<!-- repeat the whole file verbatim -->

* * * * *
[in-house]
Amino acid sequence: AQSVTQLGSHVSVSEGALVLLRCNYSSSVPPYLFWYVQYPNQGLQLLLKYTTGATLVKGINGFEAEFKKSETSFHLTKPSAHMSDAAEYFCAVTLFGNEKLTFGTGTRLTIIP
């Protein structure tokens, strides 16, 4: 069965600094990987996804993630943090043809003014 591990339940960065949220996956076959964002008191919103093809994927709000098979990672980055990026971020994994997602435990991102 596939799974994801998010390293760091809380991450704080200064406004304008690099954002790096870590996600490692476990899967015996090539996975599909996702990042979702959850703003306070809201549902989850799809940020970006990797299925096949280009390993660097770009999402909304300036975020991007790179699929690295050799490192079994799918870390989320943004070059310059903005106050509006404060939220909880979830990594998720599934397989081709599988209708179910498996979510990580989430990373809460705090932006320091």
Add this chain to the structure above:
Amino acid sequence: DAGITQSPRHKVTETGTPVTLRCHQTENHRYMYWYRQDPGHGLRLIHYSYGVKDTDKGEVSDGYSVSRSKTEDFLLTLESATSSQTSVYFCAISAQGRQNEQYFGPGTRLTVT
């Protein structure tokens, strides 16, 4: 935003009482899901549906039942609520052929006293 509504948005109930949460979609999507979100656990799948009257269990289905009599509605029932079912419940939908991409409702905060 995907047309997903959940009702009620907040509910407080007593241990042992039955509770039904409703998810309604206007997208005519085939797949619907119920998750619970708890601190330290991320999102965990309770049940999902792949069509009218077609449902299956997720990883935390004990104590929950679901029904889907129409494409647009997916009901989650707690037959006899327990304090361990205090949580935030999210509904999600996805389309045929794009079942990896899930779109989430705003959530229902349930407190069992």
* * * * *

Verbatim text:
[in-house]
Amino acid sequence: AQSVTQLGSHVSVSEGALVLLRCNYSSSVPPYLFWYVQYPNQGLQLLLKYTTGATLVKGINGFEAEFKKSETSFHLTKPSAHMSDAAEYFCAVTLFGNEKLTFGTGTRLTIIP
């Protein structure tokens, strides 16, 4: 069965600094990987996804993630943090043809003014 591990339940960065949220996956076959964002008191919103093809994927709000098979990672980055990026971020994994997602435990991102 596939799974994801998010390293760091809380991450704080200064406004304008690099954002790096870590996600490692476990899967015996090539996975599909996702990042979702959850703003306070809201549902989850799809940020970006990797299925096949280009390993660097770009999402909304300036975020991007790179699929690295050799490192079994799918870390989320943004070059310059903005106050509006404060939220909880979830990594998720599934397989081709599988209708179910498996979510990580989430990373809460705090932006320091």
Add this chain to the structure above:
Amino acid sequence: DAGITQSPRHKVTETGTPVTLRCHQTENHRYMYWYRQDPGHGLRLIHYSYGVKDTDKGEVSDGYSVSRSKTEDFLLTLESATSSQTSVYFCAISAQGRQNEQYFGPGTRLTVT
């Protein structure tokens, strides 16, 4: 935003009482899901549906039942609520052929006293 509504948005109930949460979609999507979100656990799948009257269990289905009599509605029932079912419940939908991409409702905060 995907047309997903959940009702009620907040509910407080007593241990042992039955509770039904409703998810309604206007997208005519085939797949619907119920998750619970708890601190330290991320999102965990309770049940999902792949069509009218077609449902299956997720990883935390004990104590929950679901029904889907129409494409647009997916009901989650707690037959006899327990304090361990205090949580935030999210509904999600996805389309045929794009079942990896899930779109989430705003959530229902349930407190069992």